What should you do about a backlog? Well, that’s obvious, surely? Your well-motivated staff work harder and faster than they normally would to get through the work.[iv] But staff returning after their enforced “furlough” are the ones who were not “excepted” from the shutdown. In 1995, the rules were changed so that staff sent home without pay were no longer called “non-essential”. Supposedly, “excepting” them would make them feel more valued than being called unnecessary. But being sent home without pay while your colleagues are told they must stay has the same effect on morale, whatever euphemism is used. If those “not excepted” staff are clearing the backlogs, they might need incentives. And good luck with offering them assurances about their position in future years’ standoffs over the budget.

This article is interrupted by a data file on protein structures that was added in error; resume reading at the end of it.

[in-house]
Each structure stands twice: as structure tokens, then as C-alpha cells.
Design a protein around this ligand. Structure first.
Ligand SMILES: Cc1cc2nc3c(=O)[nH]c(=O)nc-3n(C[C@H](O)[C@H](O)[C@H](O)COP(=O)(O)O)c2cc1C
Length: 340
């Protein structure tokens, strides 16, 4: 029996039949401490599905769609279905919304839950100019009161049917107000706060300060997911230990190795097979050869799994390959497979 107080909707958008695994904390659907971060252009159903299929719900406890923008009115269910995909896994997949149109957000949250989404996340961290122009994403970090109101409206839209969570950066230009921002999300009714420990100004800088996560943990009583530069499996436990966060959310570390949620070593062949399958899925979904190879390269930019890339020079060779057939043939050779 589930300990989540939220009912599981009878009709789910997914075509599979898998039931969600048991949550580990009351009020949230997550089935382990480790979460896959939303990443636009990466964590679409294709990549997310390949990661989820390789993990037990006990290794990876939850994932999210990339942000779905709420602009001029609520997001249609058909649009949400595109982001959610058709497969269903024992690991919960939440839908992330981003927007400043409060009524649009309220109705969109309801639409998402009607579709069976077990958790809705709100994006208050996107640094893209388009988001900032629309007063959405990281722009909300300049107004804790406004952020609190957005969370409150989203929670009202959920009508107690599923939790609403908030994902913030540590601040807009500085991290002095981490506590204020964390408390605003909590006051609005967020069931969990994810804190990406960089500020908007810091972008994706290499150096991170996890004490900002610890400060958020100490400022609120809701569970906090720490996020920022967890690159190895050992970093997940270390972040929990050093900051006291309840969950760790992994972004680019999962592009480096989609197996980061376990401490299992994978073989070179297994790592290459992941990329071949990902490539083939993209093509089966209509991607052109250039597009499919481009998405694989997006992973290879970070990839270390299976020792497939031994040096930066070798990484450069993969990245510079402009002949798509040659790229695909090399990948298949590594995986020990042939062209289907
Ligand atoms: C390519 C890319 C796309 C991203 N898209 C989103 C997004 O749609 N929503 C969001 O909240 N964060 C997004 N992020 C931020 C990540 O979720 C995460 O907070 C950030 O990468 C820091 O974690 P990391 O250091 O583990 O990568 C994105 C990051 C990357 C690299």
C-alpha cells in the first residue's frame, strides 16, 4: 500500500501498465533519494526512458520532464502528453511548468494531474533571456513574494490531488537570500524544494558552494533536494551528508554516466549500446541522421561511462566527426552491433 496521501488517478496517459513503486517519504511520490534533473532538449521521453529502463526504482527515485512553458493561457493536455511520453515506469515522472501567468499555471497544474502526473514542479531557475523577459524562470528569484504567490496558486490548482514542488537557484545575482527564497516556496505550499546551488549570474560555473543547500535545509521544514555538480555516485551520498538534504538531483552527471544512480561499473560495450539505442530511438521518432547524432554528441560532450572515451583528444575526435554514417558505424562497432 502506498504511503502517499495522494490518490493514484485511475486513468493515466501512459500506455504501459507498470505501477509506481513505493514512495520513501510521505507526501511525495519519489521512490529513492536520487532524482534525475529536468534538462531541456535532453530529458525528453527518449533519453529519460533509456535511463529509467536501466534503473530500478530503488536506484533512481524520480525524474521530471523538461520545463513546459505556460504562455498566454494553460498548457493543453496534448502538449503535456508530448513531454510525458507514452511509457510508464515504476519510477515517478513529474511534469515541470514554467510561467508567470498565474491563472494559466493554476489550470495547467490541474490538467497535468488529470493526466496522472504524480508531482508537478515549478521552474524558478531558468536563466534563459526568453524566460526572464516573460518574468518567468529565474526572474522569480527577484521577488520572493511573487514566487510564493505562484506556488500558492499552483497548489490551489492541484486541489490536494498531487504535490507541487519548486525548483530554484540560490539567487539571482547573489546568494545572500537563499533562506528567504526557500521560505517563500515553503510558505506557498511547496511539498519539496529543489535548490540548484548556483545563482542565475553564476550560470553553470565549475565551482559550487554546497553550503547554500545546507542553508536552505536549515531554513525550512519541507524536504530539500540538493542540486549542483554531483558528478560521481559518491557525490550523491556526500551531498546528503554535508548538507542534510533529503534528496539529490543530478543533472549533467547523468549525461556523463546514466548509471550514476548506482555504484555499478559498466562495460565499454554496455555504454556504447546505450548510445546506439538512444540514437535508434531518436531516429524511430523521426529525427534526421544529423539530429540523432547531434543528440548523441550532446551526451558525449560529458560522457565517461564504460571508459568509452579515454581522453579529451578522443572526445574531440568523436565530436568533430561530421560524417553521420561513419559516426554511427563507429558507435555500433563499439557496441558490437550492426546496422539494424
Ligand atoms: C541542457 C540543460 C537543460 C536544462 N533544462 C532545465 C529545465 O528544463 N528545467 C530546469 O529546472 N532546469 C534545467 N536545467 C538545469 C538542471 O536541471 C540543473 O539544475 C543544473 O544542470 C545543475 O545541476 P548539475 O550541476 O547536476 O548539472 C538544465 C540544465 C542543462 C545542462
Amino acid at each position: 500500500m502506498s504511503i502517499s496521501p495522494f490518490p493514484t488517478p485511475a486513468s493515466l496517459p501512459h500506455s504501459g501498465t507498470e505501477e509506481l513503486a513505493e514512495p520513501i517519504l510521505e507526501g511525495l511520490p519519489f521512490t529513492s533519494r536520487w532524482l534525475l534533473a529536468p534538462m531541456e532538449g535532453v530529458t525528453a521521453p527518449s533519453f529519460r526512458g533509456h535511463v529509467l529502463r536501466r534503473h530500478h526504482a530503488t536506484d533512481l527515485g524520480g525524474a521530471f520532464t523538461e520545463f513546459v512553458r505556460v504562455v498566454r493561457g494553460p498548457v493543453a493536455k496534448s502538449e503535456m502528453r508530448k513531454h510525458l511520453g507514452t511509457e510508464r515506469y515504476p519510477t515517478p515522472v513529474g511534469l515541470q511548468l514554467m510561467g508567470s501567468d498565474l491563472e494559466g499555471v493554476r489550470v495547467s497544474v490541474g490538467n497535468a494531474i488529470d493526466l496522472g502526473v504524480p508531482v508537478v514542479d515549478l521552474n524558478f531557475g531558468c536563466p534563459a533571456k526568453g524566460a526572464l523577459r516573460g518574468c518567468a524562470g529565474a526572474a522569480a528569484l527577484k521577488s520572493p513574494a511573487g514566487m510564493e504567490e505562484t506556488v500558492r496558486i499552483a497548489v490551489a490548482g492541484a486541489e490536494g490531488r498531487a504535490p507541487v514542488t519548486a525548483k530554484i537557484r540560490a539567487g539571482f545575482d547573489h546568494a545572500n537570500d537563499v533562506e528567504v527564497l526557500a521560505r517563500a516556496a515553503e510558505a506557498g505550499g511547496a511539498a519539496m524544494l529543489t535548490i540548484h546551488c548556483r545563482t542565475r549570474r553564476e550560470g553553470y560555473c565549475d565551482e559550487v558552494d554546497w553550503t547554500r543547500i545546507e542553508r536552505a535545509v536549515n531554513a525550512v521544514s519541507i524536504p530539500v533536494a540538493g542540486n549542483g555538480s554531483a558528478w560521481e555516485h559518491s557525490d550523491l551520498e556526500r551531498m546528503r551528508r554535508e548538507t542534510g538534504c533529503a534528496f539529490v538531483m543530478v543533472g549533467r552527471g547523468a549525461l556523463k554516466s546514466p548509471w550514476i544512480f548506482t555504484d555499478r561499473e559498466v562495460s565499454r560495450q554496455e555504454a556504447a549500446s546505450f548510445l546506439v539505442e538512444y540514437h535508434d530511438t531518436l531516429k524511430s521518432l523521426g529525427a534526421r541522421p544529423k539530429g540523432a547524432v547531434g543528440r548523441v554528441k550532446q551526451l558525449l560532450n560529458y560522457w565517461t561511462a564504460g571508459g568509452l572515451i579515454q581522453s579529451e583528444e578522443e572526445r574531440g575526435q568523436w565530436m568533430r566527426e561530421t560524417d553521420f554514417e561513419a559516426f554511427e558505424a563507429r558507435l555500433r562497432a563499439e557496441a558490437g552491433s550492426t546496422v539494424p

Backlogs of cases in immigration, passport, courts, and other services raises an ancient public management dilemma. The point of those services is that checking of cases is supposed to be very thorough. Thoroughness ensures that only those entitled to citizenship get the prized document, no villains get into the country and citizens get full justice. Rushing to clear backlogs quickly undermines the quality of the work, or even its purpose. Sod and Murphy’s other law of public administration is that a backlog not dealt quickly with only grows over time. If you doubt that, ask the British passport agency about that problem, or indeed the last refugees from the now defunct Child Support Agency.